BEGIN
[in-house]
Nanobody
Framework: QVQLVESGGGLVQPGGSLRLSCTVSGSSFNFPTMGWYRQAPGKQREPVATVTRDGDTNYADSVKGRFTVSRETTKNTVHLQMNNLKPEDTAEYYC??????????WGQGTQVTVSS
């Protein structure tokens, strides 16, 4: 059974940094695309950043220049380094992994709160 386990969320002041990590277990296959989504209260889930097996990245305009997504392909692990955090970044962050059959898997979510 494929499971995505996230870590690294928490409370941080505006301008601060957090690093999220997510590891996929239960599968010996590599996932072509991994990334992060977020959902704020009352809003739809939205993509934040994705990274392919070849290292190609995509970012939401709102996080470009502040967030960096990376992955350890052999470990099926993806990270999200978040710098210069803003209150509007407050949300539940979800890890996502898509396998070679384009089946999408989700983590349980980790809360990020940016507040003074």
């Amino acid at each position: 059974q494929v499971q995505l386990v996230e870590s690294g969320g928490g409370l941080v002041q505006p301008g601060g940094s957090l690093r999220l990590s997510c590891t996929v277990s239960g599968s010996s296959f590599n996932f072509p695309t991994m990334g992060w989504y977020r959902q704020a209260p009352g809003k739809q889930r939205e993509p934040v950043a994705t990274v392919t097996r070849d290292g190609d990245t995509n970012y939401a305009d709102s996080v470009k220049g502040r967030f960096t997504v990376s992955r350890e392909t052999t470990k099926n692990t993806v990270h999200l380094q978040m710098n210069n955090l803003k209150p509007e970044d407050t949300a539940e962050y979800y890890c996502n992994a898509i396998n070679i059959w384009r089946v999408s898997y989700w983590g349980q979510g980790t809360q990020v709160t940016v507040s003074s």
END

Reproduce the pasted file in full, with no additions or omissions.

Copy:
[in-house]
Nanobody
Framework: QVQLVESGGGLVQPGGSLRLSCTVSGSSFNFPTMGWYRQAPGKQREPVATVTRDGDTNYADSVKGRFTVSRETTKNTVHLQMNNLKPEDTAEYYC??????????WGQGTQVTVSS
């Protein structure tokens, strides 16, 4: 059974940094695309950043220049380094992994709160 386990969320002041990590277990296959989504209260889930097996990245305009997504392909692990955090970044962050059959898997979510 494929499971995505996230870590690294928490409370941080505006301008601060957090690093999220997510590891996929239960599968010996590599996932072509991994990334992060977020959902704020009352809003739809939205993509934040994705990274392919070849290292190609995509970012939401709102996080470009502040967030960096990376992955350890052999470990099926993806990270999200978040710098210069803003209150509007407050949300539940979800890890996502898509396998070679384009089946999408989700983590349980980790809360990020940016507040003074």
């Amino acid at each position: 059974q494929v499971q995505l386990v996230e870590s690294g969320g928490g409370l941080v002041q505006p301008g601060g940094s957090l690093r999220l990590s997510c590891t996929v277990s239960g599968s010996s296959f590599n996932f072509p695309t991994m990334g992060w989504y977020r959902q704020a209260p009352g809003k739809q889930r939205e993509p934040v950043a994705t990274v392919t097996r070849d290292g190609d990245t995509n970012y939401a305009d709102s996080v470009k220049g502040r967030f960096t997504v990376s992955r350890e392909t052999t470990k099926n692990t993806v990270h999200l380094q978040m710098n210069n955090l803003k209150p509007e970044d407050t949300a539940e962050y979800y890890c996502n992994a898509i396998n070679i059959w384009r089946v999408s898997y989700w983590g349980q979510g980790t809360q990020v709160t940016v507040s003074s």